When you’ve watched enough crime dramas, you see that crimes like serial murders are not solved in one or two months. They are solved in six months but some times it takes years. We move forward a year later in the season, and we see a reformed Lester who has remarried and is moving on with his life. Lorne himself is more cunning, more manipulative and to be frank, more of an asshole. Molly is police chief, Bill had retired and Gus Grimly had retired to become a postman; a less stressful and psychologically harming job.
As human beings, our anguish is revealed when we feel underappreciated and when we feel mocked. Fargo is a real study of what people will do when they are pushed to their limits. How far can someone bend until they are break? The human mind is fragile and will eventually shatter given the right circumstances, scenarios or variables. Each of us has the ability to do great good or great evil. Lester Nygaard was at breaking point, hence killing his wife; not by want but by the “I’ve had enough of your shit” ideology and he broke. Then he saw what he had done, and saw that it was too late. What has been done cannot be undone.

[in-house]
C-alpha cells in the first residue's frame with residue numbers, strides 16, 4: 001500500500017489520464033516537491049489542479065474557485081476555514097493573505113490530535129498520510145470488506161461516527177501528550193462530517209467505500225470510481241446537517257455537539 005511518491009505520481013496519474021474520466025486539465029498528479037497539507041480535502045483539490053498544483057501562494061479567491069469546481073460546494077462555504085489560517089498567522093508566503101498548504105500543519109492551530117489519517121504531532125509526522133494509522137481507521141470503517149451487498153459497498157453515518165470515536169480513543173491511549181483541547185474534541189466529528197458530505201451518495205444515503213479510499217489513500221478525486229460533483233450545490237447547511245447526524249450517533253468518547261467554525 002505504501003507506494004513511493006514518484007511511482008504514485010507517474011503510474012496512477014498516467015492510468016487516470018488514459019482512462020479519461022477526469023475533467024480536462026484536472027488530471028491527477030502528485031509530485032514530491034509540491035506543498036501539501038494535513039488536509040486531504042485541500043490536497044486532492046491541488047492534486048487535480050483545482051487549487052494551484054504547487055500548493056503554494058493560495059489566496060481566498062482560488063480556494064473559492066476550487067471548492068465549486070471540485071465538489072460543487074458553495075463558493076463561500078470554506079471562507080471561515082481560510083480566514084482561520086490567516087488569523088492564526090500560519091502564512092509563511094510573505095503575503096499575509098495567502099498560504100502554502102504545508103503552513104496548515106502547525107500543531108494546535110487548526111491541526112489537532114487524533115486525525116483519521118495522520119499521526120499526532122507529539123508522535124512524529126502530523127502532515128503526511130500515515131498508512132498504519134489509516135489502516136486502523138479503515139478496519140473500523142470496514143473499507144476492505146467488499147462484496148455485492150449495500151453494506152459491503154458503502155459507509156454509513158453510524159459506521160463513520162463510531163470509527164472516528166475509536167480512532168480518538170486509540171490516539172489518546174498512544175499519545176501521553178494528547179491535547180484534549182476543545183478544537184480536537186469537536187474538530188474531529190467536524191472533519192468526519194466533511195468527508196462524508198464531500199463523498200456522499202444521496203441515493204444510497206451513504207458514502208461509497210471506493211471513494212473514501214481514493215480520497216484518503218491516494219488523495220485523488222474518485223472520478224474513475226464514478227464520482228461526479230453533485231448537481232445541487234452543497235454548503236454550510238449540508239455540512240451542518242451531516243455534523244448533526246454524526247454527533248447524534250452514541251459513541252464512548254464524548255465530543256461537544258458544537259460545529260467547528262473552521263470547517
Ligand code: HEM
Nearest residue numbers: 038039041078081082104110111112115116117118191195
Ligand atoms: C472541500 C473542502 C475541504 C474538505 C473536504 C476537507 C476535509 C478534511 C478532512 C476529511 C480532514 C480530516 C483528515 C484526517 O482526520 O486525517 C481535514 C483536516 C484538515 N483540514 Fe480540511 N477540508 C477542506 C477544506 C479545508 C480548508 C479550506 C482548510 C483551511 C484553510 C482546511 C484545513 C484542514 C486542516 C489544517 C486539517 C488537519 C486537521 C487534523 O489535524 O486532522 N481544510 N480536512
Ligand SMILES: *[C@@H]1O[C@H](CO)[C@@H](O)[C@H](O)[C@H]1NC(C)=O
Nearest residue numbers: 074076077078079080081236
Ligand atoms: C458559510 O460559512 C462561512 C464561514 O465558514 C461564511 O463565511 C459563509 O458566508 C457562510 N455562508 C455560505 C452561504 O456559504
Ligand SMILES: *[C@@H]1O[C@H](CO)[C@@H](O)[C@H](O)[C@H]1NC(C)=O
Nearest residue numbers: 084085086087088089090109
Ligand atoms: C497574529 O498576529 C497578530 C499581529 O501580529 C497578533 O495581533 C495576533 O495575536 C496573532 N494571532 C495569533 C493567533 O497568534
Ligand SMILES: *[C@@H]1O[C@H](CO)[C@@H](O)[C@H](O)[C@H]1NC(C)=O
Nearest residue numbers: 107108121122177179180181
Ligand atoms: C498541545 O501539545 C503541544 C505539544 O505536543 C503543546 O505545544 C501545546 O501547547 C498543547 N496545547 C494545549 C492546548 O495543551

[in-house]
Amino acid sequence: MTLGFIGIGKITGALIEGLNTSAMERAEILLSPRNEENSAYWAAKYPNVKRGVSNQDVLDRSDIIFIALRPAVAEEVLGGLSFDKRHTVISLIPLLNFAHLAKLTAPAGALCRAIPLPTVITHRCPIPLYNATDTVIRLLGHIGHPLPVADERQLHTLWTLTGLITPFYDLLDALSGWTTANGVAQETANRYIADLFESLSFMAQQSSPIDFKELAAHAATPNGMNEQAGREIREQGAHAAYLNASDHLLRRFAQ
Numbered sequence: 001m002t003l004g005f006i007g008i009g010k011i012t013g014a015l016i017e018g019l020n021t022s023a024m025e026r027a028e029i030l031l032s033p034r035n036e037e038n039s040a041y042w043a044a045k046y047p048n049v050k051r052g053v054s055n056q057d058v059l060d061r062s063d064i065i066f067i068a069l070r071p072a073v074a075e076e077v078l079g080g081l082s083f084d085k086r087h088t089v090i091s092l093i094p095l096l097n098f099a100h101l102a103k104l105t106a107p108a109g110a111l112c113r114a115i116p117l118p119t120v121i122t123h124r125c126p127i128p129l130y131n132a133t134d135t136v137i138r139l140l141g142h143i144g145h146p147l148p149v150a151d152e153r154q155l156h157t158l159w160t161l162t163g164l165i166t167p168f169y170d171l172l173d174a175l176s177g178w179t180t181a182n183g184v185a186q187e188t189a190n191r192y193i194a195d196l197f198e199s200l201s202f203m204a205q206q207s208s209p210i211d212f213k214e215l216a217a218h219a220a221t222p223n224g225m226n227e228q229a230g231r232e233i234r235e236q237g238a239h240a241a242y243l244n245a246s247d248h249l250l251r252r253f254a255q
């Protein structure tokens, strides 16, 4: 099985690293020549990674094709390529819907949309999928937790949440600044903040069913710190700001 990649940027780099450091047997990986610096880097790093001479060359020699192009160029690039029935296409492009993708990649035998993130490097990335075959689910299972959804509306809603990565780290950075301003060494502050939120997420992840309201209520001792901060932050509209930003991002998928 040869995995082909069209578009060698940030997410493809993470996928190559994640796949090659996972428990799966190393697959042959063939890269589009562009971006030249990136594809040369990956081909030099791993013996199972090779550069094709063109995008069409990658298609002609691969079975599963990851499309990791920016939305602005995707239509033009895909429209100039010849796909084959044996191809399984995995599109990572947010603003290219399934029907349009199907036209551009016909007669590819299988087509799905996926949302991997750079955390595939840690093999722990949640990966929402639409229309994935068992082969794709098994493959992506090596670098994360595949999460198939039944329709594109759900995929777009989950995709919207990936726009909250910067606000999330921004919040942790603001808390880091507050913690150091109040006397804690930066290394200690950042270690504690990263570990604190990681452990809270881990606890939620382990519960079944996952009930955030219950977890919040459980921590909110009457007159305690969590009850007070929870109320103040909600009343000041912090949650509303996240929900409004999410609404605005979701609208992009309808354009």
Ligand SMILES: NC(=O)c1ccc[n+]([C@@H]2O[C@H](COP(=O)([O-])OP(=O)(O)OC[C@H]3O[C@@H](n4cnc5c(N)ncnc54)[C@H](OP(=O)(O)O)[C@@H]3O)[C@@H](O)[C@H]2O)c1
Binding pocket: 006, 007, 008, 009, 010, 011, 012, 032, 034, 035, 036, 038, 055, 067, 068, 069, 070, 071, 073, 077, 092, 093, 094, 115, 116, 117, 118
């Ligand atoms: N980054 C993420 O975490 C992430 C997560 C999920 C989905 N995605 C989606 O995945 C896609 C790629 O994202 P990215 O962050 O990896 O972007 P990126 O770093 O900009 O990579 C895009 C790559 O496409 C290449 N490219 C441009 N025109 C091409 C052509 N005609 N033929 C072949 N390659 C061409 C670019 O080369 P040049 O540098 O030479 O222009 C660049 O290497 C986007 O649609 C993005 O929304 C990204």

Bill and Molly represent two sides of the same coin. Bill is perturbed about the lack of basic decorum that modern people have. He thinks people should say good day to your neighbours. Molly sees the good and bad in everyone. She sees Bill’s ideology but also that mankind is also bad and they will kill you given half a chance. You don’t need a hope of incentive to be a decent human being. You can say good morning to your neighbour, even if they don’t return the favour. That’s what I call common courtesy.
A life with no rules is alluring yet if we had it, chaos would be an immediate repercussion. There are no rules other than the ones we make ourselves. Sometimes, the law isn’t enough. Sometimes the only way to get justice is to get it yourself. That’s not revenge or retribution, that’s natural justice, punishment. We can’t always depend on the kindness of others, we have to do what’s necessary with our own cold hands. This show is one of the best crime dramas since David Fincher’s Twin Peaks, wherein incorporating excellent acting performances, cinematography, editing and a grand musical score in addition to wonderful pacing but most importantly, it’s bingeworthyness.